There is no single dog food that is best for all dogs, because all dogs are different. Different breeds have different nutritional requirements dictated by their age, their size, their coat, their activity level, and more. A discussion on what is best would have to go into details on the type of dog first, and would then filter down into a list designed specifically for that breed.
However, there are a few steps you can consider when on the lookout for dog food that will help you make a better decision than if you just pick up a bag blindly from the pet store. For example, Australian Cattle Dogs have a high level of physical activity, and need a diet that’s high in protein and whole grains . Royal Canin, dog food fits these requirements, and would therefore be an excellent brand to consider.
What to Look For
1. Choose a healthy ratio of 50% meat, 50% vegetables, grain-free, wheat-free, and no cheap fillers. Check labels on packaging to be sure the ingredients follow this rule and if it is not apparent on the labeling, do your due diligence and dig up details from either the retailer or the manufacturer.
2. Check to see if protein sources are high in the ingredients list. The meat portion of dry dog food is usually listed as meal. About one pound of animal meal is produced from five pounds of animal meat. Check to make sure that the first three to five ingredients are some kind of meal, to ensure your dog is getting the protein it needs. Examples are: chicken meal, lamb meal, and venison meal.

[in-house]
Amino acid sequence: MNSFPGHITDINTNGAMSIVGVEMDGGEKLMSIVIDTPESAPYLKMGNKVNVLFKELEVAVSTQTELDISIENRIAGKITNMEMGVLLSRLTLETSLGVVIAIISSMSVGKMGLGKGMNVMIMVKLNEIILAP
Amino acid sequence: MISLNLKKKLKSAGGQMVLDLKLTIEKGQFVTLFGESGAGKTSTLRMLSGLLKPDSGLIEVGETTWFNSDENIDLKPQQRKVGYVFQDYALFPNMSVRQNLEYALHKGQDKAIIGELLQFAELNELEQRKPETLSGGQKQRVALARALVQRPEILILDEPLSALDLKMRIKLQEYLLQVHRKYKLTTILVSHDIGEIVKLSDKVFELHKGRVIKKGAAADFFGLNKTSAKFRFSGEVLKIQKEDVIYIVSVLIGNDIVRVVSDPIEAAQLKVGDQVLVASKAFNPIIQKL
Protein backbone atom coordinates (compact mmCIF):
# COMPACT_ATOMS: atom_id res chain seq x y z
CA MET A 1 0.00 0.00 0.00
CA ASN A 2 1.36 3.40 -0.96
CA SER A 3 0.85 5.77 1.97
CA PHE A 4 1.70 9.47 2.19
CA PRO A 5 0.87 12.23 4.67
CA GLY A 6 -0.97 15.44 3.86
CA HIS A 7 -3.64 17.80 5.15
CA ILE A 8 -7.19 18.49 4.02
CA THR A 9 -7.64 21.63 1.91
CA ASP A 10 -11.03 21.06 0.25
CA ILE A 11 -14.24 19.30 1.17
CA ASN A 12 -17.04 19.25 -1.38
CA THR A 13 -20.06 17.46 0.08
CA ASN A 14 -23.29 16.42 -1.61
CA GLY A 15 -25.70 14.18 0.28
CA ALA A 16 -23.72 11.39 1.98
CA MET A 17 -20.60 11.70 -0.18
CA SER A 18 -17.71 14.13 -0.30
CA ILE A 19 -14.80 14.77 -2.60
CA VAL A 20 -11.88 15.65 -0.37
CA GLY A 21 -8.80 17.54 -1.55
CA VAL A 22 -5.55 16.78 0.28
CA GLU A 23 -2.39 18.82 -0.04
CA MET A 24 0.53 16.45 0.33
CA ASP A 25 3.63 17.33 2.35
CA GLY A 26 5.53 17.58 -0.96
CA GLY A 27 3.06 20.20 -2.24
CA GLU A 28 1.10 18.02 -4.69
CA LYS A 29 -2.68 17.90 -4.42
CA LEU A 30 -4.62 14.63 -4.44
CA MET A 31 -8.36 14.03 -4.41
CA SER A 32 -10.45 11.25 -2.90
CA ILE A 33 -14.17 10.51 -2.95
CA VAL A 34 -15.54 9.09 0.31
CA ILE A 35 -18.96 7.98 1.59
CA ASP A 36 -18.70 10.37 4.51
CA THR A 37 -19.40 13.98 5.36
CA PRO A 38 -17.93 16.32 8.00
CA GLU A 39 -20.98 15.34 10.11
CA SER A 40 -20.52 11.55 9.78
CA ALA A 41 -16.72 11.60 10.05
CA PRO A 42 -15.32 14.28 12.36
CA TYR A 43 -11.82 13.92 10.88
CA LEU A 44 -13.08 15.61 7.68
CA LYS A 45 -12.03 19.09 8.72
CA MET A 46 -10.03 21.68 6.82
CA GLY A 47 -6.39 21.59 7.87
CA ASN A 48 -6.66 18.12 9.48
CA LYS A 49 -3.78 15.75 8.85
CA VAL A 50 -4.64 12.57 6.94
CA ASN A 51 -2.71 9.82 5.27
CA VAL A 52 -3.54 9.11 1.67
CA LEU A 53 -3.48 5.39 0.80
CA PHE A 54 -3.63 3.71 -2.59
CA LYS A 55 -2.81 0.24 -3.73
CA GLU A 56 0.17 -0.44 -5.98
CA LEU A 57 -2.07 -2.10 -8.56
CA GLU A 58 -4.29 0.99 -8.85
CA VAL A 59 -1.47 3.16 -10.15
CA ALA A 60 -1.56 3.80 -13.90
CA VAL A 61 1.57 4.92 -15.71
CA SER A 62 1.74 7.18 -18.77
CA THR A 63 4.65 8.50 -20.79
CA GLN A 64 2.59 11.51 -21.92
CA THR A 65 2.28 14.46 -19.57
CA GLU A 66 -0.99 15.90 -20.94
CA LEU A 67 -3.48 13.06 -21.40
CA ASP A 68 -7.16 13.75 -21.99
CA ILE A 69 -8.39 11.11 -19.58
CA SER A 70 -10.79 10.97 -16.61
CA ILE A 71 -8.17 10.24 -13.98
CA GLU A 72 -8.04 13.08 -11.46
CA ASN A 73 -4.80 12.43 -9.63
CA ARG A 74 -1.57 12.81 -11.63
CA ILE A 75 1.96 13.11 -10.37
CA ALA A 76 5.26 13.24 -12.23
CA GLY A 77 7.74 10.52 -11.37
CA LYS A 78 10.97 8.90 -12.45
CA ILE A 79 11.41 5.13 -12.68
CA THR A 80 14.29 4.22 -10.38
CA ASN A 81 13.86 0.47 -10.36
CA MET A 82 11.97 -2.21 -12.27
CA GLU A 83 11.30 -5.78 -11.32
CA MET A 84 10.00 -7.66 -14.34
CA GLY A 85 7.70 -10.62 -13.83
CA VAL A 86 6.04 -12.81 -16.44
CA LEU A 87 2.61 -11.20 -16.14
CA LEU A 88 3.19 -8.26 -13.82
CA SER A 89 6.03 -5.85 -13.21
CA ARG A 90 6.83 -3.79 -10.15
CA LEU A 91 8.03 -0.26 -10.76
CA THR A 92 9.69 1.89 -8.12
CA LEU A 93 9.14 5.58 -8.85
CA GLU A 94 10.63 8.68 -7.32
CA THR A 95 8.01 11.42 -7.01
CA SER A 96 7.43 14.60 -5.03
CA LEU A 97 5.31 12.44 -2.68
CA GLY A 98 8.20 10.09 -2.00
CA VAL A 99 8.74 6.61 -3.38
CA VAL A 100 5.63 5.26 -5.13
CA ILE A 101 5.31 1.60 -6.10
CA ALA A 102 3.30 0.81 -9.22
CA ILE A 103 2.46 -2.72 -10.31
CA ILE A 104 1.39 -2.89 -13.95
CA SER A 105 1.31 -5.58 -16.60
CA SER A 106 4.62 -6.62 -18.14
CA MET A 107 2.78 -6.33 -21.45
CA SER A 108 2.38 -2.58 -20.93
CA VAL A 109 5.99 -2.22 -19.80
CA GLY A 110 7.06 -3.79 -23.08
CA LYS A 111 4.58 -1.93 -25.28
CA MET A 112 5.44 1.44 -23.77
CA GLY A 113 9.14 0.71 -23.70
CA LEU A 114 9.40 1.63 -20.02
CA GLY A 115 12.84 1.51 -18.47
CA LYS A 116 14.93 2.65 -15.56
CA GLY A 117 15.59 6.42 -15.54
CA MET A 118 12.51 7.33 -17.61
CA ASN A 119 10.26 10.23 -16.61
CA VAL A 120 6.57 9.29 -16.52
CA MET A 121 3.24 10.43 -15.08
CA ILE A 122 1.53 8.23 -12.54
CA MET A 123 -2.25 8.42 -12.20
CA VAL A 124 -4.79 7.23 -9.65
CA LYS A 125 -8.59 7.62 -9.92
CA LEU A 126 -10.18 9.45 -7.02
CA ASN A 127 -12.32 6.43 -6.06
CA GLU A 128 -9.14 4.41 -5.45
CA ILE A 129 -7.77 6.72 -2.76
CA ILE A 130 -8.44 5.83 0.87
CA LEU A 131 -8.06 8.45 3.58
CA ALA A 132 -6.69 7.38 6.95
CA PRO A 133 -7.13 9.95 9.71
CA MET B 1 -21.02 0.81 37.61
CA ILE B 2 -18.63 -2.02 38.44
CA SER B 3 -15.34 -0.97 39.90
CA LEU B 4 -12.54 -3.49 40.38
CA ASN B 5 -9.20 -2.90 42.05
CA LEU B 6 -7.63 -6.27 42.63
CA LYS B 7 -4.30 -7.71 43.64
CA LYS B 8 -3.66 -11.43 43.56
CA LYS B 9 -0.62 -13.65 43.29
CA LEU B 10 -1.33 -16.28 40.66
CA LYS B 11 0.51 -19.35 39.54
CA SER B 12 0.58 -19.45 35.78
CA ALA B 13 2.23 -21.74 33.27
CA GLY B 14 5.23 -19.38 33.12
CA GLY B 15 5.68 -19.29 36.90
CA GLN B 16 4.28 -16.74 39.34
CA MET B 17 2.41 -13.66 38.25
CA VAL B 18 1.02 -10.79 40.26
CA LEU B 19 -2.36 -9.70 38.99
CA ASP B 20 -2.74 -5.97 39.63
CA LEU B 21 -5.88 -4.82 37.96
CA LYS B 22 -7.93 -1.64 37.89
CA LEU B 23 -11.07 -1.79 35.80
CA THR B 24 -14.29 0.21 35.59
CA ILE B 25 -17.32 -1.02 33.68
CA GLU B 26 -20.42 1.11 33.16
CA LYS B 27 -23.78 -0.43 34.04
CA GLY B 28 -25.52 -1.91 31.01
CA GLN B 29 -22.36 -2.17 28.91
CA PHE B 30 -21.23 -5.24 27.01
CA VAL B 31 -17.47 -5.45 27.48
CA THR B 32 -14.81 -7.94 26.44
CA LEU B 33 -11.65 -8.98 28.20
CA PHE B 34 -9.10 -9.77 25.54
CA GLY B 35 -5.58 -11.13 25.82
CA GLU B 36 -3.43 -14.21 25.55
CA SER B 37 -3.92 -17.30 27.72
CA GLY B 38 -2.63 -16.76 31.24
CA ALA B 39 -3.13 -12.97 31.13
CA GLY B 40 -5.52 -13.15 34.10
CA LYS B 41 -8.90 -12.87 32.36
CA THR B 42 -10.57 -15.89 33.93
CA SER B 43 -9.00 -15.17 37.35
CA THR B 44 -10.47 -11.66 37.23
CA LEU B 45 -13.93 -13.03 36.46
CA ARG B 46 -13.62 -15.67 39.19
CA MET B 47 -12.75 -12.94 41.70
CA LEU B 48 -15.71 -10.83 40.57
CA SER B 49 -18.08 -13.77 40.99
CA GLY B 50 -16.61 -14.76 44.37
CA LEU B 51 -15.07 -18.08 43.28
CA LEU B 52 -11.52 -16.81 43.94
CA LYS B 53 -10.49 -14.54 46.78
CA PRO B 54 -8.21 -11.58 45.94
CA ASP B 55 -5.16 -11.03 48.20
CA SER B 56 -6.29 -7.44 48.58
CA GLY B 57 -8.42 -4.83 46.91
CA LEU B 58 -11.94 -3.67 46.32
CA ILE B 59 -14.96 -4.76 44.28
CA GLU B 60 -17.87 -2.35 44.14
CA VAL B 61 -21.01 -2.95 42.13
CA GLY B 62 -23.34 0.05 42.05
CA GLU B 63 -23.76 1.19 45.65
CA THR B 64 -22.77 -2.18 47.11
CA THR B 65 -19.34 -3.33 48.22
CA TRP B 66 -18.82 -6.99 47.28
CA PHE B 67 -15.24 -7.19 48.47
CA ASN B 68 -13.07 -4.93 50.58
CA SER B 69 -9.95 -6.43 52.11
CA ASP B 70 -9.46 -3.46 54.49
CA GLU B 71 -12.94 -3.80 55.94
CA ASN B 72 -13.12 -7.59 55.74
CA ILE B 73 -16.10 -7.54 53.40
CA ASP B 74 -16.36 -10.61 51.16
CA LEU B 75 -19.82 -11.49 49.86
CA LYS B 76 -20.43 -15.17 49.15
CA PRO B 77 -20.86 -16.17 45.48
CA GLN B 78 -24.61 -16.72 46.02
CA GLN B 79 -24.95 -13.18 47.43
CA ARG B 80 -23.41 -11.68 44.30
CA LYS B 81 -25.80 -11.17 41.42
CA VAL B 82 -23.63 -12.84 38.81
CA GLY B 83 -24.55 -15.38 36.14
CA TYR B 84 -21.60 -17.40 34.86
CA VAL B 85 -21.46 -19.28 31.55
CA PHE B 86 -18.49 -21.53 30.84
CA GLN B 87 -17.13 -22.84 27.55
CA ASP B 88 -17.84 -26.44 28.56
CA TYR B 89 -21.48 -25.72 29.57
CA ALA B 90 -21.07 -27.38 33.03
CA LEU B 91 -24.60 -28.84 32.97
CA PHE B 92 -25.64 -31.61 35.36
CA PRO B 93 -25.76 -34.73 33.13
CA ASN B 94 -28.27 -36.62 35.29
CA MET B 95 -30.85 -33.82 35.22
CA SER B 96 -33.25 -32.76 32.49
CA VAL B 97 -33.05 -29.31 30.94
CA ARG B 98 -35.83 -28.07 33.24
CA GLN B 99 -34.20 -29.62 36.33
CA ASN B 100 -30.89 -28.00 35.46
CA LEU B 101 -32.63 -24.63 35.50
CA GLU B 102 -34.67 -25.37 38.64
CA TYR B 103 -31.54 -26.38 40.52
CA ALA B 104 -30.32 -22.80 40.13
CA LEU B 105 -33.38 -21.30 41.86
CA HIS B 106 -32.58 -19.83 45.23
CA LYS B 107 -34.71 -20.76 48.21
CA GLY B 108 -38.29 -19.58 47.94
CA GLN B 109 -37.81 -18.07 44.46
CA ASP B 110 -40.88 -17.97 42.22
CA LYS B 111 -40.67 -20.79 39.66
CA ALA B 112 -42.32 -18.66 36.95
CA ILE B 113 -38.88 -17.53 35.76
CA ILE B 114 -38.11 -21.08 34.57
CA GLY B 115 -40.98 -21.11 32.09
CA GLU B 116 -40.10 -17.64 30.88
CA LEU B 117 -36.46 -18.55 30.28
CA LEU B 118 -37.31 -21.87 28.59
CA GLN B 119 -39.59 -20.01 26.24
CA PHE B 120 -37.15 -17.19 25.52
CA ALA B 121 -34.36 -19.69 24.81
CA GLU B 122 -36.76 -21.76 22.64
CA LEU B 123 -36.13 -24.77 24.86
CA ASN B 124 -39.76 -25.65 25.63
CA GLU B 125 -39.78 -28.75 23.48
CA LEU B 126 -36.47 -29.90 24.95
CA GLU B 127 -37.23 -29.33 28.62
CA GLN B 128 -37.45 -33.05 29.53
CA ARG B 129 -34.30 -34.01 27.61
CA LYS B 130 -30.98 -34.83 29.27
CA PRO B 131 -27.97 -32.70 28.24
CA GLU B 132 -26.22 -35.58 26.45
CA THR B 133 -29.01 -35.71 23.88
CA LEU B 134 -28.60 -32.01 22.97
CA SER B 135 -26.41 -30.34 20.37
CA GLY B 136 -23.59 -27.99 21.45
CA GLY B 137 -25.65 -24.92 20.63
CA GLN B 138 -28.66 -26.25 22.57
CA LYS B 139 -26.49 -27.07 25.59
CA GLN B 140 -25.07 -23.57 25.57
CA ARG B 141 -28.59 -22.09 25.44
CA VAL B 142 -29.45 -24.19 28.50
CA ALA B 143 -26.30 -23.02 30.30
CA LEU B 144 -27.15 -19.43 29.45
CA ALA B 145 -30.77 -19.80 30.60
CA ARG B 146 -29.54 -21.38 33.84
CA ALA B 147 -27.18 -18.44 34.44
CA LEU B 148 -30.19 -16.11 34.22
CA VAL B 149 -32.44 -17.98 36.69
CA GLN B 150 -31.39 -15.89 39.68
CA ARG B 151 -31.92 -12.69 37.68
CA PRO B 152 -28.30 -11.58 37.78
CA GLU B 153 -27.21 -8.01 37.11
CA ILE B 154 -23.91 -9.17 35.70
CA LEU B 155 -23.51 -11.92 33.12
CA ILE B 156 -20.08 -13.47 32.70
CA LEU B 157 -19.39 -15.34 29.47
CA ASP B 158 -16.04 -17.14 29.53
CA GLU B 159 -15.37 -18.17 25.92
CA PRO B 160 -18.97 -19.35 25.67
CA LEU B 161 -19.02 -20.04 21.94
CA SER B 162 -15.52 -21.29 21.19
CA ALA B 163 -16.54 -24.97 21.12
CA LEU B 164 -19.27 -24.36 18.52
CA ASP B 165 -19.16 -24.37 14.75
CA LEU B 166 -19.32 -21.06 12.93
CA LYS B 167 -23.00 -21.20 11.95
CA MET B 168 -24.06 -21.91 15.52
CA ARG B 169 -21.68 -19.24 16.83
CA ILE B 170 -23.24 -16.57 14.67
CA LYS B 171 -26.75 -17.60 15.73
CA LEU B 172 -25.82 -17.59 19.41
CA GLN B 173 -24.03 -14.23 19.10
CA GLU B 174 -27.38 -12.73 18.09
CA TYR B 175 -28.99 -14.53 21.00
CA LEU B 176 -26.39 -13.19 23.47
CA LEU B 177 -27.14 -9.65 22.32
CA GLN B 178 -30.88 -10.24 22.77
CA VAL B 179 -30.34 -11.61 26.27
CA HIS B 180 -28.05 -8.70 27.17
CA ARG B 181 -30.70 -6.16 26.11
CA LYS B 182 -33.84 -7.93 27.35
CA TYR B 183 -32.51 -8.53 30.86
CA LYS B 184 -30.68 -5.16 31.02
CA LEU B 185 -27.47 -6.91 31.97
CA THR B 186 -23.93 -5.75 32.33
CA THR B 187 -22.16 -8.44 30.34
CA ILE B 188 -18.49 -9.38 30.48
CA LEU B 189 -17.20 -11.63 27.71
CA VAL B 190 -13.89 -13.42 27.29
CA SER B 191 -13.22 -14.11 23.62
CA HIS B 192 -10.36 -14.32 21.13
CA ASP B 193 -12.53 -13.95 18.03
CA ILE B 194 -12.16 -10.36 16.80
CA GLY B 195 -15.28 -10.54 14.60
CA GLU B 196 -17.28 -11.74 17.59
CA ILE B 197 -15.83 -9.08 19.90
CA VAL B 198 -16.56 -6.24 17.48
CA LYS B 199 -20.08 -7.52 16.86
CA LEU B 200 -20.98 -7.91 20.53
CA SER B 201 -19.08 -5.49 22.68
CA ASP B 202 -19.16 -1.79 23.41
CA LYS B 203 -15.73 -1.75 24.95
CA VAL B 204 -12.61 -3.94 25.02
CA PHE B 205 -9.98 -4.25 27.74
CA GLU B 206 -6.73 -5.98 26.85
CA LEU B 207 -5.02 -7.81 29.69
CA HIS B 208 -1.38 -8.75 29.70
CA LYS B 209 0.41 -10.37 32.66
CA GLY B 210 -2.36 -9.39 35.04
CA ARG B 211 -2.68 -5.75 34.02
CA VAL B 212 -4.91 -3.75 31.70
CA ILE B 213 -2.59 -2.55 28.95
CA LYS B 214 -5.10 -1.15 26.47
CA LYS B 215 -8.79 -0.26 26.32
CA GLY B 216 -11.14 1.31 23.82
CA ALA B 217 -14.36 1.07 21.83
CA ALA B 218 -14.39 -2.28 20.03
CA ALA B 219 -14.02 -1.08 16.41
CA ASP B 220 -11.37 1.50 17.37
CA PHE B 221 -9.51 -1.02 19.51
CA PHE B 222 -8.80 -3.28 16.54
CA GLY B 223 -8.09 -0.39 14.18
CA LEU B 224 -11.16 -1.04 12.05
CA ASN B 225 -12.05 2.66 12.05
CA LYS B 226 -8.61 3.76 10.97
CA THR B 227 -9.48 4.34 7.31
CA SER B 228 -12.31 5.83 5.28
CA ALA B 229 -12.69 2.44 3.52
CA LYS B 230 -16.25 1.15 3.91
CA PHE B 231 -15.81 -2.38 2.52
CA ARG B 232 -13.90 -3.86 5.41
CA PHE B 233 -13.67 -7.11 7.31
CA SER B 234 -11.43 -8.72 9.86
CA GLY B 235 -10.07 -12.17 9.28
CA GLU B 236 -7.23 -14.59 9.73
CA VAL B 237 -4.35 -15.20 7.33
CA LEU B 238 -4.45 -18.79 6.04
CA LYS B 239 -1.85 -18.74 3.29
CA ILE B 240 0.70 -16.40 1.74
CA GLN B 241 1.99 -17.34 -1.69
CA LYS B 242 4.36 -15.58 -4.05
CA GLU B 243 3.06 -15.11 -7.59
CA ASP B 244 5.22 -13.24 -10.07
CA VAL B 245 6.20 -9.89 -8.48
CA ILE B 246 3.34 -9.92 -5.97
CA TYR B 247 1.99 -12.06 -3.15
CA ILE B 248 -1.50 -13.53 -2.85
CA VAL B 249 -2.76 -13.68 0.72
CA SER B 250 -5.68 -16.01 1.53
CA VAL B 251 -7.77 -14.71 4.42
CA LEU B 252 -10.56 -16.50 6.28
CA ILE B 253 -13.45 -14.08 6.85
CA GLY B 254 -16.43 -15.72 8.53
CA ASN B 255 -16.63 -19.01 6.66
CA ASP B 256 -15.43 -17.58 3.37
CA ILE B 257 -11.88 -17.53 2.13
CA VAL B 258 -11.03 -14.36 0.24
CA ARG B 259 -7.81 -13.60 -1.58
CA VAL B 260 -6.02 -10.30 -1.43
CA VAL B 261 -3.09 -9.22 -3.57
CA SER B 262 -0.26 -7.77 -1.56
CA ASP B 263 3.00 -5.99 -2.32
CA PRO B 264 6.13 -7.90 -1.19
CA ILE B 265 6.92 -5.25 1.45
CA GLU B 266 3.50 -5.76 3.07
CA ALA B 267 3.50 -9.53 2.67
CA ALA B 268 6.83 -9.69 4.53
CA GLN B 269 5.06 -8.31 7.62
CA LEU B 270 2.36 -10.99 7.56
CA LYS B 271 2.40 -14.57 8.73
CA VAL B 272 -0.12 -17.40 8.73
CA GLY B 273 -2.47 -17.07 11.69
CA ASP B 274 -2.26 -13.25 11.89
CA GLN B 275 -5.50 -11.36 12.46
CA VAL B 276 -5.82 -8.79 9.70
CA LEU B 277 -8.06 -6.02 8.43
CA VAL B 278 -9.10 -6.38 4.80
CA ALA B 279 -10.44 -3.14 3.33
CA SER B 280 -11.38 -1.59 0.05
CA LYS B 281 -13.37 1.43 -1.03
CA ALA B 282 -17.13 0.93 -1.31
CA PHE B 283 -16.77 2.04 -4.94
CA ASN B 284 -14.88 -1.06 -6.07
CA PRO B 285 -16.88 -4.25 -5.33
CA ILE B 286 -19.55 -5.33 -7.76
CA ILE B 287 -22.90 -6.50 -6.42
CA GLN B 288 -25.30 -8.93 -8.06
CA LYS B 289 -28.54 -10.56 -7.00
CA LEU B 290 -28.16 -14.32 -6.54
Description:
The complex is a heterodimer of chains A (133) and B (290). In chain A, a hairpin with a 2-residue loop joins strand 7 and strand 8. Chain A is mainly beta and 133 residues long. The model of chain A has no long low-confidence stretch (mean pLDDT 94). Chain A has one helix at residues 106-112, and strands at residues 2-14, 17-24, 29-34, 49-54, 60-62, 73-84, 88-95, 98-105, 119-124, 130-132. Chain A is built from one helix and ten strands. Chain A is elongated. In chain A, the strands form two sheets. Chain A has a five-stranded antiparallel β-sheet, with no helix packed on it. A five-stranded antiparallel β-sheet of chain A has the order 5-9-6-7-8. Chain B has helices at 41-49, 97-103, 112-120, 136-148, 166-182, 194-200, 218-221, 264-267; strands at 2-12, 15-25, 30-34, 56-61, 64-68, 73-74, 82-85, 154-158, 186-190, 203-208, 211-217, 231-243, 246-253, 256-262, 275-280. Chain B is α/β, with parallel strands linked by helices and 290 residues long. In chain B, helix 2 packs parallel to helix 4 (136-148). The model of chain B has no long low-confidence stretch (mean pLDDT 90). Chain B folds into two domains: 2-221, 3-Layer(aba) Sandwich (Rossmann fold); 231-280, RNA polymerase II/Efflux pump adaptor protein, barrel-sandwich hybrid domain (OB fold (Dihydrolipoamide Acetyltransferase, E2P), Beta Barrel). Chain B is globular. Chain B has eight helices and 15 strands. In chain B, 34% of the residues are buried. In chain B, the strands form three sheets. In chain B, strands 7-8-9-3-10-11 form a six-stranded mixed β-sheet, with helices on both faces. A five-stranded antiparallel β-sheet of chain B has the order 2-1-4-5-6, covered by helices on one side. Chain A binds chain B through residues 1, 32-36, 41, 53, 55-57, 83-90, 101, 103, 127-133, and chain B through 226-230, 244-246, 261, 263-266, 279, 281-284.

What to Avoid
1. Grains can be cheap fillers. Although they provide long-term energy and energy storage for dogs, they are oftentimes used as cheap fillers to take the place of real protein. Grains that are safe for dogs include whole grains such as rolled oats, barley, quinoa, millet, and brown rice, providing a great source of fiber, vitamins, and minerals. They need this as much as we do.
2. Be wary of low cost brands listing protein first, followed by fillers. They will lead you to believe you are feeding your dog quality food, but the one protein ingredient may be followed by several harmful fillers whose ratio supersedes that of the protein.
3. Going veggie may not be best for dogs. Some argue dogs do not need much protein; and while this may be true, making yours go vegetarian may not be wise. Dogs need protein just as much as they need vegetables. Ensuring the ration shared above means your dog will get a healthy balance of what it needs.
4. Look for safe preservatives. They are unavoidable and help keep that bag of food fresh, but avoid preservatives that are chemicals, such as BHA, BHT, and Ethoxyquin. Better preservatives are Vitamins E and C, and will serve your dog better in the long run.
5. When possible, choose premium brand dog foods. Cheaper brands may help your wallet, but you may end up spending more in the long run when your dog’s health starts to decline.
6. Holistic foods are healthier. Look for food that is 100% natural and 100% nutritious. They will abide by higher standards and will be made with human-grade ingredients.
7. Use a healthy human diet as an example. We are all living things. Why would you feed your dog something you would not eat? Too much salt, sugar, or fat is not healthy for humans and it’s not healthy for dogs, either. Follow basic healthy eating habits for your dog and avoid too many table scraps – they can be harmful when given too often.